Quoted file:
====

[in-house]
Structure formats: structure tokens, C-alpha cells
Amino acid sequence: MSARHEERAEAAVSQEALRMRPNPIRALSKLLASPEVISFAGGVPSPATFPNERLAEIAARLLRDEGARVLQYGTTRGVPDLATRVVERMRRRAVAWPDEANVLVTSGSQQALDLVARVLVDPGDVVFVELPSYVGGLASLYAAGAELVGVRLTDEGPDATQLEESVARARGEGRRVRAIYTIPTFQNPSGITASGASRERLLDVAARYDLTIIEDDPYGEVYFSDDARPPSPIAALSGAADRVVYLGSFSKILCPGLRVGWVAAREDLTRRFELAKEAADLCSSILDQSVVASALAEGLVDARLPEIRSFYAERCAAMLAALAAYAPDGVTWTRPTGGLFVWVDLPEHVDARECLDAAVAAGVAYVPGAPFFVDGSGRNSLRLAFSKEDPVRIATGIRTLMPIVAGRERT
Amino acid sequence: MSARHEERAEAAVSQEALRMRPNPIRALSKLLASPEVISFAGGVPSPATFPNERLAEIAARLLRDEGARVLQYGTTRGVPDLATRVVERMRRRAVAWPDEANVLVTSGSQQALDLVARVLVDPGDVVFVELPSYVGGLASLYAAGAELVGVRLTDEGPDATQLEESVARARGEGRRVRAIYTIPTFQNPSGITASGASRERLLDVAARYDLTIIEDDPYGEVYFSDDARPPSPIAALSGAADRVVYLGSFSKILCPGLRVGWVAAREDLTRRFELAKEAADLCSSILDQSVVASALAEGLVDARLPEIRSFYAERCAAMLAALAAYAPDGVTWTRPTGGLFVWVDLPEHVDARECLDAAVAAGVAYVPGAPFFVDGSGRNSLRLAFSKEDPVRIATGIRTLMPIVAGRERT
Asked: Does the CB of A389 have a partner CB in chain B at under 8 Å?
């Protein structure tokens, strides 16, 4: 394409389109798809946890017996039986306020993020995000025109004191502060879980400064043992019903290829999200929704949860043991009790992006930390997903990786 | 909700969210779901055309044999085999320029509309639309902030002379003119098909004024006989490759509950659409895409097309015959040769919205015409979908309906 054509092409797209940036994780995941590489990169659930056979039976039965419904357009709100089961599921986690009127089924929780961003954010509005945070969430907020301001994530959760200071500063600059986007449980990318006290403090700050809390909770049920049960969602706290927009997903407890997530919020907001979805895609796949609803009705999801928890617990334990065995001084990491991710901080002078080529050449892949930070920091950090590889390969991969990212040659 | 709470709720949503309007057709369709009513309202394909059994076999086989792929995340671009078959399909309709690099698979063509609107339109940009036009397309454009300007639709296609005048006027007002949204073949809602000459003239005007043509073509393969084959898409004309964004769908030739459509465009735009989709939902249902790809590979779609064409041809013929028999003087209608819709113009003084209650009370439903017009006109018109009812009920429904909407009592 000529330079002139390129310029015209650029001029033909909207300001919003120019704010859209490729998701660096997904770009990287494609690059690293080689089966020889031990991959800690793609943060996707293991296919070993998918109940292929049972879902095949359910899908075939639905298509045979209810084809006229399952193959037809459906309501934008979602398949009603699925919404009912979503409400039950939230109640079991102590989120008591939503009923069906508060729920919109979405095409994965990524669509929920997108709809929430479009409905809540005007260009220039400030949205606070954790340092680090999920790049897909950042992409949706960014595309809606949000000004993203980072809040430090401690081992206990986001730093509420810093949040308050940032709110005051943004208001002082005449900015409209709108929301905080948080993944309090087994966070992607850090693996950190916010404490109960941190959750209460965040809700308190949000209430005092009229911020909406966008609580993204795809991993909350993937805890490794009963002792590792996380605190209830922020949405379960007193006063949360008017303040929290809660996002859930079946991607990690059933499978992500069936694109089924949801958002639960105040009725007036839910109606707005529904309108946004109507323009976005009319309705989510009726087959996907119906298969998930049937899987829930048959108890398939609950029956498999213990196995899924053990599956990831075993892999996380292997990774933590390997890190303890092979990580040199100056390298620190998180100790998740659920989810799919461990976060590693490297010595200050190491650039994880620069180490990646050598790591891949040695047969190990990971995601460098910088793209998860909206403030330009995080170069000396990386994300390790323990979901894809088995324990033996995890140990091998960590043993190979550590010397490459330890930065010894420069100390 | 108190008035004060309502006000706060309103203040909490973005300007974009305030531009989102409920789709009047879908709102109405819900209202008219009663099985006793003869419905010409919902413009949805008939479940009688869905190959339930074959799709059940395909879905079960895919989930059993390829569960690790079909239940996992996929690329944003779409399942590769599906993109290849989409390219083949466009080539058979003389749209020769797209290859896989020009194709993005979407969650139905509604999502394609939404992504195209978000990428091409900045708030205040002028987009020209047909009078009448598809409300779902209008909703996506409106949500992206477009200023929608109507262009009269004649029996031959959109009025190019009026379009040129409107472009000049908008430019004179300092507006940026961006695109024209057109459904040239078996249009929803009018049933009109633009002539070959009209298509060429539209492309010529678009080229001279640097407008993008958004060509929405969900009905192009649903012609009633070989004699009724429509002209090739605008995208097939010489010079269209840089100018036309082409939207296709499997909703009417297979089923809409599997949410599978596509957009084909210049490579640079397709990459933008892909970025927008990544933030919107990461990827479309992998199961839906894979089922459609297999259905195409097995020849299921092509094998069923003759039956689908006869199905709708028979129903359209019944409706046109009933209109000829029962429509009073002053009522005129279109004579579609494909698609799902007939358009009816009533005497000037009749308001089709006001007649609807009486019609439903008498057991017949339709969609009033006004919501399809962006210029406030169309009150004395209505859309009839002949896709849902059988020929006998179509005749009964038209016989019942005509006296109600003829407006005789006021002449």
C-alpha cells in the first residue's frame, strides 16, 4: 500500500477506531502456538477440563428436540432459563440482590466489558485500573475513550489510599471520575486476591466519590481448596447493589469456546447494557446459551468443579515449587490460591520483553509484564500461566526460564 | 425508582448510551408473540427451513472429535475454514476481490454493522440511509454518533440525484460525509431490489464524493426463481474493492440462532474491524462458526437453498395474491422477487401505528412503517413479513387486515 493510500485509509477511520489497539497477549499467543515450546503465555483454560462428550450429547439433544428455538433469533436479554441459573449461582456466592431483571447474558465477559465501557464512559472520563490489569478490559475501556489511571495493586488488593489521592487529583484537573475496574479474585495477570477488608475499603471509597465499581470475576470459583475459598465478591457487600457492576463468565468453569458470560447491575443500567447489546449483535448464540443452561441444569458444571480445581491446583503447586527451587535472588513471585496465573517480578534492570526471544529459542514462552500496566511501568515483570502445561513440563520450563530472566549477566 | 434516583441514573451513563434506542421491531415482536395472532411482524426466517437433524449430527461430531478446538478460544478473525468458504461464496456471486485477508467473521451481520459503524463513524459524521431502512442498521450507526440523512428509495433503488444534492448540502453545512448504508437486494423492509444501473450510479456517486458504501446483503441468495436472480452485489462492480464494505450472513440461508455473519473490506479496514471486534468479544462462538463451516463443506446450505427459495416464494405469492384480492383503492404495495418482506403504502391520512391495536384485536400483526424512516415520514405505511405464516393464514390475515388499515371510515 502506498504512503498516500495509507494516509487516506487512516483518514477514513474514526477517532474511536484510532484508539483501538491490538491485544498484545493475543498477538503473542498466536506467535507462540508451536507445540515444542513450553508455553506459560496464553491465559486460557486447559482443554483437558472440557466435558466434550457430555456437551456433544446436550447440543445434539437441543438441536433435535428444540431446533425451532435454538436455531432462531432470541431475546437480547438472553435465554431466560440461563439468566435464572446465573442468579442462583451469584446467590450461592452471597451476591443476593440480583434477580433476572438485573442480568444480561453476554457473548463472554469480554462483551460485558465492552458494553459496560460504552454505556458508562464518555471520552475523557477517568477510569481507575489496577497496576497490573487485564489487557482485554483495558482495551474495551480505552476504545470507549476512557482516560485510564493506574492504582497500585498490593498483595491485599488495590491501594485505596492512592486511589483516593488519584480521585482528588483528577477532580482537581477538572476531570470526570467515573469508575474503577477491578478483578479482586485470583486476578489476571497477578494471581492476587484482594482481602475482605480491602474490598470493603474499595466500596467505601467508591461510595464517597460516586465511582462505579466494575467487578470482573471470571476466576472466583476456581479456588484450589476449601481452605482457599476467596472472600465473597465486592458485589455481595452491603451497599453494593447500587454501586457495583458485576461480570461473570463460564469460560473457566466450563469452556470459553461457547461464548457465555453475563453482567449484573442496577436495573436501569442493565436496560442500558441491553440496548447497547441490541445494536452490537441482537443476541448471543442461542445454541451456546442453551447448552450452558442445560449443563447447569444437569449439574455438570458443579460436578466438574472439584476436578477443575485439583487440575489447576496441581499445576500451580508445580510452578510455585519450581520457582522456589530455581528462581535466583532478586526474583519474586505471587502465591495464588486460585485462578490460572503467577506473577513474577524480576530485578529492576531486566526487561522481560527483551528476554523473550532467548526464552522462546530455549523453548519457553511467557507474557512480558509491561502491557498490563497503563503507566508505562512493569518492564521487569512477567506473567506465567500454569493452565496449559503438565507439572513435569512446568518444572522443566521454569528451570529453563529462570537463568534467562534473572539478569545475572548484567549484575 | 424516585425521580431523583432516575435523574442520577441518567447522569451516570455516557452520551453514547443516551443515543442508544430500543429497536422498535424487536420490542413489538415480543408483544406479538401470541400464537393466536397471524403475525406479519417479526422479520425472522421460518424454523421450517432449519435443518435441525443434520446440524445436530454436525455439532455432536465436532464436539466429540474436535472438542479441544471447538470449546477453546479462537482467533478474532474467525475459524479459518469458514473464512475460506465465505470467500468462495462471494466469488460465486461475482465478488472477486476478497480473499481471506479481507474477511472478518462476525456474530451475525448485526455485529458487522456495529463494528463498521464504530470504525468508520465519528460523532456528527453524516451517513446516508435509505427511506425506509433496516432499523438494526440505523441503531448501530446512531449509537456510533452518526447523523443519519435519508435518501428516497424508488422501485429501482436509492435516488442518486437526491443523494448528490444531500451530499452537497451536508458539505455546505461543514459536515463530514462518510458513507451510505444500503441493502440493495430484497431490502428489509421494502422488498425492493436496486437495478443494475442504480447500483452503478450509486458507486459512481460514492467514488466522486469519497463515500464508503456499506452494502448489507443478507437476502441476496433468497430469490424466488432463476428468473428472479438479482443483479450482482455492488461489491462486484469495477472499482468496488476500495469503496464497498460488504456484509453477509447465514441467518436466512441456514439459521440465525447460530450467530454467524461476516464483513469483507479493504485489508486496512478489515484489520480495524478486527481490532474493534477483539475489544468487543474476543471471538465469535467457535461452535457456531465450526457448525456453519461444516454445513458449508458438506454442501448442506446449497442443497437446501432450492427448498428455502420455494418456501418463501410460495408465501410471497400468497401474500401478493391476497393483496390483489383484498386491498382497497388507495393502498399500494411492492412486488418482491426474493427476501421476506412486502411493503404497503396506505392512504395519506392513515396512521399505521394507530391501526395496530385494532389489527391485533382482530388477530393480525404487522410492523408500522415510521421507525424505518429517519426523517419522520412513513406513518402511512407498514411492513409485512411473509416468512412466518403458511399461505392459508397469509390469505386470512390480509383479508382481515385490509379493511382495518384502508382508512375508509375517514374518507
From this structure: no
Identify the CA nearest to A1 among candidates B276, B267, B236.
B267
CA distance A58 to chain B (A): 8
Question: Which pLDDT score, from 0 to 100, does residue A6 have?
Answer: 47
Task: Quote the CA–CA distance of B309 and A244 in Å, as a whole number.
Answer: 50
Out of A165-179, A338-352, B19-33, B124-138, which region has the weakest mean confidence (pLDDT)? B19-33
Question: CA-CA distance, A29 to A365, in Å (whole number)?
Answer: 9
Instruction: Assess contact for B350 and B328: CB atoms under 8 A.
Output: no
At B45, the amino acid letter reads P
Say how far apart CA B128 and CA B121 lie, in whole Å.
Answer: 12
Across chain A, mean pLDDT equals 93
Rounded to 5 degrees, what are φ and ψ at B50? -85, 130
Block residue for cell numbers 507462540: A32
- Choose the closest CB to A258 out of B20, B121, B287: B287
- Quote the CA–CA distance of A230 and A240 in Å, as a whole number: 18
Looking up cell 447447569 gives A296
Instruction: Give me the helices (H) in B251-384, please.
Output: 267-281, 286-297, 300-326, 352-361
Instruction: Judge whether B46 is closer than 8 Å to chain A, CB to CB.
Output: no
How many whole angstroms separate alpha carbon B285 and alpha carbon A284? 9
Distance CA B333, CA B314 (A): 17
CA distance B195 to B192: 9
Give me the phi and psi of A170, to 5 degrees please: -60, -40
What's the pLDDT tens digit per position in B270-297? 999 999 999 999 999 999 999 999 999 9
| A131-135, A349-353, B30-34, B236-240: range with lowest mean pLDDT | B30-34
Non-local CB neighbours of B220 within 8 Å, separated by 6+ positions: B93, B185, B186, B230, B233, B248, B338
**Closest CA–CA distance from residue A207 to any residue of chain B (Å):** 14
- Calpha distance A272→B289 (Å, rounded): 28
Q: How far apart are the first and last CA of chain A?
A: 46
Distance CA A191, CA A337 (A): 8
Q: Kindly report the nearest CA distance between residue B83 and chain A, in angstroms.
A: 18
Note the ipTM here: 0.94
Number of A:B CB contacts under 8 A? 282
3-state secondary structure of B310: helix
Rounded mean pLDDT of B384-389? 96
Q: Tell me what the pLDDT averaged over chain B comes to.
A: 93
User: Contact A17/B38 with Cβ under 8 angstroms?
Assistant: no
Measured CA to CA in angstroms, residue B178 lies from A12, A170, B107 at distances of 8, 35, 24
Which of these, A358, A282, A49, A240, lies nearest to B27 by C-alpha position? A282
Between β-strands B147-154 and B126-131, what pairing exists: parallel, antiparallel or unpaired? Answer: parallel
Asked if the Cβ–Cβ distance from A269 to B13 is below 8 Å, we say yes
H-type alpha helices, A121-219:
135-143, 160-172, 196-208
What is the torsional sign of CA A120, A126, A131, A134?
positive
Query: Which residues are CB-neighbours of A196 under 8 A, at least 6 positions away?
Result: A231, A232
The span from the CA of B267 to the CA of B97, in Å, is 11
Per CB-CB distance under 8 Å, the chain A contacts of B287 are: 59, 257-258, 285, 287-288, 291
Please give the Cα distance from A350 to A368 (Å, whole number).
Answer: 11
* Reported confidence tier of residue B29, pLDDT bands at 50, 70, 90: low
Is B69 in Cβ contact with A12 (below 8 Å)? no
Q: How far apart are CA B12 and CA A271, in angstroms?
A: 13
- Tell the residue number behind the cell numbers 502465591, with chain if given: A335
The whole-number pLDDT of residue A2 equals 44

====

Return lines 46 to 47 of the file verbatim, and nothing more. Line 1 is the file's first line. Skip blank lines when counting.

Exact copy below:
Q: Kindly report the nearest CA distance between residue B83 and chain A, in angstroms.
A: 18